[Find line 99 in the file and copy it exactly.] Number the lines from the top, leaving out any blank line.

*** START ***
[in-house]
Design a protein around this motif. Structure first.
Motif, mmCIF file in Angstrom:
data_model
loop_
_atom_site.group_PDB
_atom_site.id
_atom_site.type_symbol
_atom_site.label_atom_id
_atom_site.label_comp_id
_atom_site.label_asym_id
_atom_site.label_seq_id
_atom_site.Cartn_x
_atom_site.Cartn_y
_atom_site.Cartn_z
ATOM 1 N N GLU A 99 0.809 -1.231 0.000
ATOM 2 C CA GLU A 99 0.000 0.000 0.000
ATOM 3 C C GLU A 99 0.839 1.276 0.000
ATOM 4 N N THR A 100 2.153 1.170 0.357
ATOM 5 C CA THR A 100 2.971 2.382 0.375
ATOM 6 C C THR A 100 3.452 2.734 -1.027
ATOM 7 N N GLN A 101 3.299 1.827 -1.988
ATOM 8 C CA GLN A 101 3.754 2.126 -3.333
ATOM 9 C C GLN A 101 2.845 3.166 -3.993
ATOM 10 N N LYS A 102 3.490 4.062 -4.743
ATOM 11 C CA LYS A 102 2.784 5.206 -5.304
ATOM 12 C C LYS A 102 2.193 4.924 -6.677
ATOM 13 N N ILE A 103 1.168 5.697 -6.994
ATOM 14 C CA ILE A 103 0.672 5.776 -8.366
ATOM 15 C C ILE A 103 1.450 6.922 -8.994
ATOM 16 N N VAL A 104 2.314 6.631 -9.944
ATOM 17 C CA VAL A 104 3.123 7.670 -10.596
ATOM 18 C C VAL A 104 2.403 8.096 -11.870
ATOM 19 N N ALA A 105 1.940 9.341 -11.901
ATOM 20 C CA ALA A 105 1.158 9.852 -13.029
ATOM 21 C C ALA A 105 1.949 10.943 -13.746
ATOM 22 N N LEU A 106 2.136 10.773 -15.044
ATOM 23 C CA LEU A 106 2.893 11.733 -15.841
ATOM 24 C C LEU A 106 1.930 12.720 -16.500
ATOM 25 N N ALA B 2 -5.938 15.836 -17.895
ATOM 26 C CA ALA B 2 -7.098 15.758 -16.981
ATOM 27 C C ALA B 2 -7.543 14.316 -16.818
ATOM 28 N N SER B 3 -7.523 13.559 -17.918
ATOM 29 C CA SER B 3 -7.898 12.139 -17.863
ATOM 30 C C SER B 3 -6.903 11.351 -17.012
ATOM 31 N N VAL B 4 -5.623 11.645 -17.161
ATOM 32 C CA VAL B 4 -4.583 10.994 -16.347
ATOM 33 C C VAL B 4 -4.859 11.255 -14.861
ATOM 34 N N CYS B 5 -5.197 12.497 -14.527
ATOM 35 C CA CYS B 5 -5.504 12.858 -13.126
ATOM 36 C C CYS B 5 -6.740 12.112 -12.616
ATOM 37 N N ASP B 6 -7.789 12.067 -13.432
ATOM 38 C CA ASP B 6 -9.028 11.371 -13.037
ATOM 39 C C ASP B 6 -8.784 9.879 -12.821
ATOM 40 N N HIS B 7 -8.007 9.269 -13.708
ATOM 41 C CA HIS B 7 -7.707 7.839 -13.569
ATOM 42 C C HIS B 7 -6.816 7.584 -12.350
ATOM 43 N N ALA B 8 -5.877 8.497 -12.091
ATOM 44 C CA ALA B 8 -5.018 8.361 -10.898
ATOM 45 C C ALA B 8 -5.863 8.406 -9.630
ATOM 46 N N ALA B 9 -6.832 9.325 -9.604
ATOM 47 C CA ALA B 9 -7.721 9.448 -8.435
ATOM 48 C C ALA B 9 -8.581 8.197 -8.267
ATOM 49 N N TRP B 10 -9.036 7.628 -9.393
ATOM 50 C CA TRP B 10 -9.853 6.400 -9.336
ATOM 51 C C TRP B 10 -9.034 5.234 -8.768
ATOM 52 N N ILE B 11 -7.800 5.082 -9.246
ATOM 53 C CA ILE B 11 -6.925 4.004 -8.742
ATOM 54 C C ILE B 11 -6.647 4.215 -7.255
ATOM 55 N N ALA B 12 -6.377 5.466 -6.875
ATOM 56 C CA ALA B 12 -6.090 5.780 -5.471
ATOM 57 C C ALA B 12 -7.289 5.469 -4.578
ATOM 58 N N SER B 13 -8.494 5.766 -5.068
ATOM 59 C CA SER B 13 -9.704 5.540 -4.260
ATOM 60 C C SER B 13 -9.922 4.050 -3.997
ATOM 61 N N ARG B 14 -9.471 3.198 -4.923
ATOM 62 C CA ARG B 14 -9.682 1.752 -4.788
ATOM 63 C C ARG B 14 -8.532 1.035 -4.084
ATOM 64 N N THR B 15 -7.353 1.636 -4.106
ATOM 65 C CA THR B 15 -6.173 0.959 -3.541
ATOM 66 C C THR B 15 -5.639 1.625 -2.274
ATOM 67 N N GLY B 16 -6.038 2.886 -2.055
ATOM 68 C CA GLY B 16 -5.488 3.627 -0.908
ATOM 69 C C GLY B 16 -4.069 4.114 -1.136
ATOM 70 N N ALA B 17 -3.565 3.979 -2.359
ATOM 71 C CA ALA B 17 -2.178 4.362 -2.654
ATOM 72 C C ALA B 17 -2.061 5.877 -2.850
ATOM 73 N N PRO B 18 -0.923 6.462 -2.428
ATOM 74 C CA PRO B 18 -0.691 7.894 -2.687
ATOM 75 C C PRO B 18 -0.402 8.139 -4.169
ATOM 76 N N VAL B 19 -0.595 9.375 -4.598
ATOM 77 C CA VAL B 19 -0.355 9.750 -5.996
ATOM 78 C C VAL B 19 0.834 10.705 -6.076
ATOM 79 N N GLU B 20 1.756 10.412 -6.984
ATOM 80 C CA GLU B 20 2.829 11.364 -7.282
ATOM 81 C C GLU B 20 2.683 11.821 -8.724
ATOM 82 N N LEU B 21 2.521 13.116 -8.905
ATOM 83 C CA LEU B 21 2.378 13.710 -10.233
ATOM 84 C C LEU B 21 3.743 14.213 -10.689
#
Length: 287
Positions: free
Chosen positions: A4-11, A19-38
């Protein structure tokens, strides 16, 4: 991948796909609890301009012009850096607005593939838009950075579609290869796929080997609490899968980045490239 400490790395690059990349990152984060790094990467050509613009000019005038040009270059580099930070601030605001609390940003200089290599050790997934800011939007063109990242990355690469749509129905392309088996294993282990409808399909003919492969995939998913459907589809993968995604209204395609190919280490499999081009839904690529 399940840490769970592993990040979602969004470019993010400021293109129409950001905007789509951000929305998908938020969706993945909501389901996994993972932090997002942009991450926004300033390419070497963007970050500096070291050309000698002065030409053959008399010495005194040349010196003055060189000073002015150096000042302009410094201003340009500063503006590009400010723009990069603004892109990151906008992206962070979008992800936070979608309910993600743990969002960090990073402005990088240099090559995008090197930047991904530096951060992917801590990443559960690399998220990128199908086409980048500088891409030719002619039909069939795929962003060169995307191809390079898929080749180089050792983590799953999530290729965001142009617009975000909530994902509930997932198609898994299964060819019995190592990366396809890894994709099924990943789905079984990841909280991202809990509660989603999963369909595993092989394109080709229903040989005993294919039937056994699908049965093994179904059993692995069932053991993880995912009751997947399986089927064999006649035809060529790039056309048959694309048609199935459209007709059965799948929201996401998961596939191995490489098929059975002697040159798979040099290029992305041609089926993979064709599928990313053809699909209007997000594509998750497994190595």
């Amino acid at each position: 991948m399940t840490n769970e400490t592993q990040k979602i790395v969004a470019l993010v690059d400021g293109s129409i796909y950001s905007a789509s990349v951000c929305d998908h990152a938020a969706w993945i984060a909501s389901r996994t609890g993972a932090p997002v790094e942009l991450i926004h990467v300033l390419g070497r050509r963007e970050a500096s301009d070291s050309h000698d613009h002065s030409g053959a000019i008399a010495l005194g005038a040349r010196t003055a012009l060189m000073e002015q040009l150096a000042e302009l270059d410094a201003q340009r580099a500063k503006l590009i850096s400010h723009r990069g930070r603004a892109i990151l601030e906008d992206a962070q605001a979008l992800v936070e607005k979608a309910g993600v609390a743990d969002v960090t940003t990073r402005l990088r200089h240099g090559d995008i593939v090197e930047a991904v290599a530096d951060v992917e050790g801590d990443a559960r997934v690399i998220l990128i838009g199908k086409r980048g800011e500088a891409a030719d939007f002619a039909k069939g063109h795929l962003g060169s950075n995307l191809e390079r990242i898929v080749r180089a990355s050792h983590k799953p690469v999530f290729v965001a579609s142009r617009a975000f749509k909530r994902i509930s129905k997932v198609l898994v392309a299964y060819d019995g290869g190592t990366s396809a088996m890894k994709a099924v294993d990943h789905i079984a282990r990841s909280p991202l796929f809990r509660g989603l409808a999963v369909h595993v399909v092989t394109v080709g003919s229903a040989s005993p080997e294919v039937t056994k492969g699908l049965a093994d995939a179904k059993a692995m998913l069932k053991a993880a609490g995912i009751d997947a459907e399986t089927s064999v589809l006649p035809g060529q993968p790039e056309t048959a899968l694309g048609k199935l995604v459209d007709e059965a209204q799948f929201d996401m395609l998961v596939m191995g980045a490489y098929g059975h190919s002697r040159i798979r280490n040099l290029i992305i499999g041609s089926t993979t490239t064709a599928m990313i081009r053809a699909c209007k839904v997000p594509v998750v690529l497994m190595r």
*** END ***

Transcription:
ATOM 84 C C LEU B 21 3.743 14.213 -10.689